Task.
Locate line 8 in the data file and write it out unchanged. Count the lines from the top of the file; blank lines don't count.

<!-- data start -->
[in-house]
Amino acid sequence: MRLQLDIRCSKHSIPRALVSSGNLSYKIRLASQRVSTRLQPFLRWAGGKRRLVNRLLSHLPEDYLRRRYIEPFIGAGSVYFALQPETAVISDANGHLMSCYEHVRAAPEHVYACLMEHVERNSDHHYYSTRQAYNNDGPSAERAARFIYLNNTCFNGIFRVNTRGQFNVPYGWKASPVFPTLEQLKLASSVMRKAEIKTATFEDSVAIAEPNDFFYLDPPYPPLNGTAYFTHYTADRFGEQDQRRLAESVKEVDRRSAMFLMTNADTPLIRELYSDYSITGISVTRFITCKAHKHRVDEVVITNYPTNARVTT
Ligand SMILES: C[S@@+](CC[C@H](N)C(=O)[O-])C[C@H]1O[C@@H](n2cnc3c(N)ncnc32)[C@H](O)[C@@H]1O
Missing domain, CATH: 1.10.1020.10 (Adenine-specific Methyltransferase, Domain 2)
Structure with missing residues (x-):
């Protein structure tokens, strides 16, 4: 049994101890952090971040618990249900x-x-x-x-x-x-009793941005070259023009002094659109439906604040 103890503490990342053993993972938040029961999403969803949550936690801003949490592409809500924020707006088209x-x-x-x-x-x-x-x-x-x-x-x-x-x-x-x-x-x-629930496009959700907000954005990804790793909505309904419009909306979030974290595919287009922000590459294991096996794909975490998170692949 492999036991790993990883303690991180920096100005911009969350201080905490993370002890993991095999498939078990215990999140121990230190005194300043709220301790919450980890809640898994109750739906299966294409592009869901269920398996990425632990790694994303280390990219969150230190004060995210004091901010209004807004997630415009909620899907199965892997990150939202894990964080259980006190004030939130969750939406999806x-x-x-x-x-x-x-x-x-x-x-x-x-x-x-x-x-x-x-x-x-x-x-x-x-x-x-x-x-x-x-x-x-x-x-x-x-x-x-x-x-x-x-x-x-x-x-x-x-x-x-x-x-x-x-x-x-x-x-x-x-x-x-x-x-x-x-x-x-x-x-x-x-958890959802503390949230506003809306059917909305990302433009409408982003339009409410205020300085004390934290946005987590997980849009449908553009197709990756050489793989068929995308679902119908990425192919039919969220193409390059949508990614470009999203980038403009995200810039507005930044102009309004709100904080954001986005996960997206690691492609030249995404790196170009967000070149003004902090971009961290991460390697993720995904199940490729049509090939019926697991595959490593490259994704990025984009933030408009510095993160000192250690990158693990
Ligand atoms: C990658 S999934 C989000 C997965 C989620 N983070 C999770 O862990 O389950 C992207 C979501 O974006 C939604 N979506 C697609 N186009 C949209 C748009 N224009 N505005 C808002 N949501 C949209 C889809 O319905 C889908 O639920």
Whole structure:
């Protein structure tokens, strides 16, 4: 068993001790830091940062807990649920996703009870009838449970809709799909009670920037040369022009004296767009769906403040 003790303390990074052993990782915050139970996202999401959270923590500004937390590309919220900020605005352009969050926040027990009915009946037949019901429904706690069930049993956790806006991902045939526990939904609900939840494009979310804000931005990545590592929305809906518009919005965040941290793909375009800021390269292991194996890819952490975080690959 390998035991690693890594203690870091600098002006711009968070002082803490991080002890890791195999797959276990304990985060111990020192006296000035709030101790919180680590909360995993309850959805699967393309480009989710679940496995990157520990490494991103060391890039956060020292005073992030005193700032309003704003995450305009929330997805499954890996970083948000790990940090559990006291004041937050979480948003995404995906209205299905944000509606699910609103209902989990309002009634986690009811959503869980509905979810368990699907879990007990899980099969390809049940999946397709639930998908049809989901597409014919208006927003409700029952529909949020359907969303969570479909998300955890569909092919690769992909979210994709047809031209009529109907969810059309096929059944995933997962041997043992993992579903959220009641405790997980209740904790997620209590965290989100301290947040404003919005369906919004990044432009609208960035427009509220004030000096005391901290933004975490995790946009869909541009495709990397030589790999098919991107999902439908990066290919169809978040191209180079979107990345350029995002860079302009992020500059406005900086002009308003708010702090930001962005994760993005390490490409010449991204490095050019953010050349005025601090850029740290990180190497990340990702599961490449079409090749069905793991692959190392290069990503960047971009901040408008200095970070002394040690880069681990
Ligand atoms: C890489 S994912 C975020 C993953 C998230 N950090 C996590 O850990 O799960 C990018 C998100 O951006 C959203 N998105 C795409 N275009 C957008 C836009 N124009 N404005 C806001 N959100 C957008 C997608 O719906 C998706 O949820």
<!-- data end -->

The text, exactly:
Whole structure: